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LA Theater Review

Rose

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Although this solo performance by Naomi Newman in the title role is presented as a personal history, it is even more a history of European Jews in the 20th century. Playwright Martin Sherman has created a story that feels archetypal, and so one is more intellectually than emotionally stimulated, though there are moments that are undeniably heartbreaking. As we meet Rose she is 80 years old and sitting shiva (the Jewish ritual of mourning) for someone whose identity we don't learn until the play ends. Addressing the audience, she recounts her extraordinary life that began in a Ukrainian shtetl. Her story is peppered with dark humor, as when she says she had her first period and her first pogrom at the same time.

The playwright brings us on her journey, which takes her from the shtetl to the cultural life of Warsaw and then to the Warsaw ghetto. We are with her as she survives in a sewer after the ghetto's destruction, and we follow her to a displaced-persons camp and through her ill-fated sea voyage to Palestine on the ship called Exodus. We are still with her as she travels with her second husband to Atlantic City and finally winds up in Miami Beach. But Sherman loses us on a side trip with a lover 20 years her junior to a hippie commune in Connecticut where she smokes dope: The episode strains credulity, as does the section in which she attempts to conjure up the spirit of her first husband so he can possess her.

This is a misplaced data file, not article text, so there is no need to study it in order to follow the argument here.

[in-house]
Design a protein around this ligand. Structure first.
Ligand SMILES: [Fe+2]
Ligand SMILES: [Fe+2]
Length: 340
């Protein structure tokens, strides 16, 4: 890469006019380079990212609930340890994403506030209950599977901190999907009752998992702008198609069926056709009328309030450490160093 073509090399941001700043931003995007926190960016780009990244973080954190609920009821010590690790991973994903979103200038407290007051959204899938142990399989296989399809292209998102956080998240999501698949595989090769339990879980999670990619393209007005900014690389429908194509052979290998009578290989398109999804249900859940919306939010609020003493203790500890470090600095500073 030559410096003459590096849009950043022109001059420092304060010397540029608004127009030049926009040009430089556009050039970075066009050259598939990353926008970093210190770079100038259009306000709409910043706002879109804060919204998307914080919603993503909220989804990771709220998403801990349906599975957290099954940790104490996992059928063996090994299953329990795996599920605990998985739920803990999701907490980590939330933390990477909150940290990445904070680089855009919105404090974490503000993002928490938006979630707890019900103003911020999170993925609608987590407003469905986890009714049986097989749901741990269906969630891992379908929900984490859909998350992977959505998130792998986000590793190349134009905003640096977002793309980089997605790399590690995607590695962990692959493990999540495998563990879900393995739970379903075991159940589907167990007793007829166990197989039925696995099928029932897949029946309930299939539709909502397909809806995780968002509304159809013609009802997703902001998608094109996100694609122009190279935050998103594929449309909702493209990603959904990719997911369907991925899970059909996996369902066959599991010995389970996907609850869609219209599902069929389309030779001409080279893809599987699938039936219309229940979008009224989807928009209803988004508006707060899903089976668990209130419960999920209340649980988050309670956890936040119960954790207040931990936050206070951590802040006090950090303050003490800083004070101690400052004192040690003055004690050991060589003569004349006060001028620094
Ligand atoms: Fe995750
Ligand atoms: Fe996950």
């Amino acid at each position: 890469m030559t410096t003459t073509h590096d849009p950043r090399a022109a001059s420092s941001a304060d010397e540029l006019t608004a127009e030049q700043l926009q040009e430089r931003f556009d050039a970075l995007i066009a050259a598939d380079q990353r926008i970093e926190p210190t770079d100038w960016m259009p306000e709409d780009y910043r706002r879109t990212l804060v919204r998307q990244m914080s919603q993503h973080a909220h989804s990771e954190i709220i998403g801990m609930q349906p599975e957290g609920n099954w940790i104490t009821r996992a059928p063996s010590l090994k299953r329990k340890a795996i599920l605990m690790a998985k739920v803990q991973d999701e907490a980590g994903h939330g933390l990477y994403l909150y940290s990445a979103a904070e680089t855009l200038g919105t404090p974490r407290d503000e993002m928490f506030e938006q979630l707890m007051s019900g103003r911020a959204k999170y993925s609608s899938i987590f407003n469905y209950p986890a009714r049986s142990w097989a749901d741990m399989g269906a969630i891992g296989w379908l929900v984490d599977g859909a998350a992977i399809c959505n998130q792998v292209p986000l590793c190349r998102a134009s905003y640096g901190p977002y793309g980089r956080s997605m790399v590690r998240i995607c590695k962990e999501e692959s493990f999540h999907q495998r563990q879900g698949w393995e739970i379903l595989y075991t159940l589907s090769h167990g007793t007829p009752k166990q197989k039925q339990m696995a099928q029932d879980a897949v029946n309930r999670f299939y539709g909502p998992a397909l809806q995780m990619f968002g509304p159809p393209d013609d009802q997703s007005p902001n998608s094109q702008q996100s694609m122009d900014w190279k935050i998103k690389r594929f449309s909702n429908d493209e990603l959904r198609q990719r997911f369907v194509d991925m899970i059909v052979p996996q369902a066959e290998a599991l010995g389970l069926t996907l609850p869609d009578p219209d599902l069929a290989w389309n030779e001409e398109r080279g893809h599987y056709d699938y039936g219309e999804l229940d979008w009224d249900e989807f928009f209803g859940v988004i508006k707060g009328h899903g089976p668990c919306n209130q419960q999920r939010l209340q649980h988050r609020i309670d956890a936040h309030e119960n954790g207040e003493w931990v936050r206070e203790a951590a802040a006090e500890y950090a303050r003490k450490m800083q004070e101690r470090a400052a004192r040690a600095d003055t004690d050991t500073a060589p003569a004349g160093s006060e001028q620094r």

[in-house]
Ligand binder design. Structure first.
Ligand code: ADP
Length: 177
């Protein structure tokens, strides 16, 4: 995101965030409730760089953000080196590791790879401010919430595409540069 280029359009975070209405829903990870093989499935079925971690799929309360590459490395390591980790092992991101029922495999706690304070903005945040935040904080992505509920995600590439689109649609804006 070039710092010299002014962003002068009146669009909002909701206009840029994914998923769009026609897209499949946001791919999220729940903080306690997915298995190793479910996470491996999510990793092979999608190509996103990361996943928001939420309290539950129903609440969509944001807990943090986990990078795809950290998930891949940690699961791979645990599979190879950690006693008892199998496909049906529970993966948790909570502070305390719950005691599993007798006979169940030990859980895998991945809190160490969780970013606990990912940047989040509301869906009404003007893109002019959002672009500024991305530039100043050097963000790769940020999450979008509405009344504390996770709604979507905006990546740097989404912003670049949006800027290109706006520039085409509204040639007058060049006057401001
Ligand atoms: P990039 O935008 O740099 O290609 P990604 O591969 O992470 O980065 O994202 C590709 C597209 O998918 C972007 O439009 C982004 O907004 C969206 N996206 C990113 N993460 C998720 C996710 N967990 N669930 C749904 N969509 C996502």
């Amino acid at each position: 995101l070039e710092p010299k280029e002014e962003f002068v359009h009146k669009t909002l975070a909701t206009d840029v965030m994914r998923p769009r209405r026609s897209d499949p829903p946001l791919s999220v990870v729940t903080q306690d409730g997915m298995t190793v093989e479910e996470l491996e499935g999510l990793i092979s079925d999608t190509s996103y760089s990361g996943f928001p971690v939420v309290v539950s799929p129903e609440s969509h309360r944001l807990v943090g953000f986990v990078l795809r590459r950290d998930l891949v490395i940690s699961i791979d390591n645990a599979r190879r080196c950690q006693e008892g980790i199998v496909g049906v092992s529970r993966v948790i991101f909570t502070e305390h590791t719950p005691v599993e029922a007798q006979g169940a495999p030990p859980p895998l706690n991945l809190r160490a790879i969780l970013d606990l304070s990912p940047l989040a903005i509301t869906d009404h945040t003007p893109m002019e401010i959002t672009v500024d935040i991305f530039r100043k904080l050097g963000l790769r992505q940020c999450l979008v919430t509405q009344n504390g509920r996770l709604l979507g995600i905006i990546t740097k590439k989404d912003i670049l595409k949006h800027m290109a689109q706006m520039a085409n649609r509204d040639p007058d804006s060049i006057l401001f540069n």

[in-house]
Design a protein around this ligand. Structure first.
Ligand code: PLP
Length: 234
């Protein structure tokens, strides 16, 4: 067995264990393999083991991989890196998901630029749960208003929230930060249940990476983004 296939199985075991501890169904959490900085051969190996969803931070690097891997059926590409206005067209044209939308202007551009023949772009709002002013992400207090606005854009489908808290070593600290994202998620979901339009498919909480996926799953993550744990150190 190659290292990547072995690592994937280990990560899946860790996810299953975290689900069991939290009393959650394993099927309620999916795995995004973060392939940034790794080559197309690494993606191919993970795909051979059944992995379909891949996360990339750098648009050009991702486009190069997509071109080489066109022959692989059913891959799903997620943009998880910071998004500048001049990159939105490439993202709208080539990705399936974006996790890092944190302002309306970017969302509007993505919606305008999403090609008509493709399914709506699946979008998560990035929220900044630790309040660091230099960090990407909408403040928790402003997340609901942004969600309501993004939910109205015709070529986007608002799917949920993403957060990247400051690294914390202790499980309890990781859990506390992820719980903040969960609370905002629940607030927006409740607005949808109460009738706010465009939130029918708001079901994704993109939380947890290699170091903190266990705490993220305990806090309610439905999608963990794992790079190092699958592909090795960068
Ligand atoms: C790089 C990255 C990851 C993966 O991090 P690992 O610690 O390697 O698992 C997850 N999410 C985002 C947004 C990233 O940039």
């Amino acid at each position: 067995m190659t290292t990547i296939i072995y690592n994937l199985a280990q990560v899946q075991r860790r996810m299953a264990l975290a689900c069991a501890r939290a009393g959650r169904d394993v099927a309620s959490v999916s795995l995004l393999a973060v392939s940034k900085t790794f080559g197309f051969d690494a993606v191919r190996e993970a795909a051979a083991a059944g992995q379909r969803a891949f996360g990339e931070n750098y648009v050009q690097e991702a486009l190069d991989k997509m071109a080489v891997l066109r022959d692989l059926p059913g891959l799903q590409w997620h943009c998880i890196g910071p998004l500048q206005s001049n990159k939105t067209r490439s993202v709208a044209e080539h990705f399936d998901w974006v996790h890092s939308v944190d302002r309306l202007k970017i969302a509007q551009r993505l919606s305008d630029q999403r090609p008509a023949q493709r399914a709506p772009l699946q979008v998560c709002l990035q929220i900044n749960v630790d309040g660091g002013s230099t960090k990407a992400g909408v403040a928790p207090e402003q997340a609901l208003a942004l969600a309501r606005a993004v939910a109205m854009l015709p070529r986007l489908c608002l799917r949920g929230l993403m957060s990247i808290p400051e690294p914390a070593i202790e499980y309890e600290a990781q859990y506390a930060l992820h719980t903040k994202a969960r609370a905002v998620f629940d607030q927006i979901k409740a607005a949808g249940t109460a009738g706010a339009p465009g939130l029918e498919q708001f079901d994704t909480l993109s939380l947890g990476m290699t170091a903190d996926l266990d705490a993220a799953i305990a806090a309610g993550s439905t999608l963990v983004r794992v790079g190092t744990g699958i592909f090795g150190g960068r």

Newman, who must hold the audience's attention while she sits through most of her two-hour monologue, immerses herself totally in her role as she goes through a panoply of emotions with admirable commitment. She is particularly moving when her character remembers her little daughter, killed by an S.S. officer, and there is fire in Rose's phone conversation with her son in the play's last moments. The panorama of events encompassed by this tale speaks for innumerable lives touched or extinguished by the Holocaust.

Presented by and at the Odyssey Theatre Ensemble, 2055 S. Sepulveda Blvd., L.A. Thu.-Sat. 8 p.m., Sun. 2 p.m. (Also Wed. 8 p.m. Jul. 16-Aug. 6. Sun. 7 p.m. only Jul. 27 & Aug. 24.) Jul. 5-Aug. 31. (310) 477-2055. www.odysseytheatre.com.

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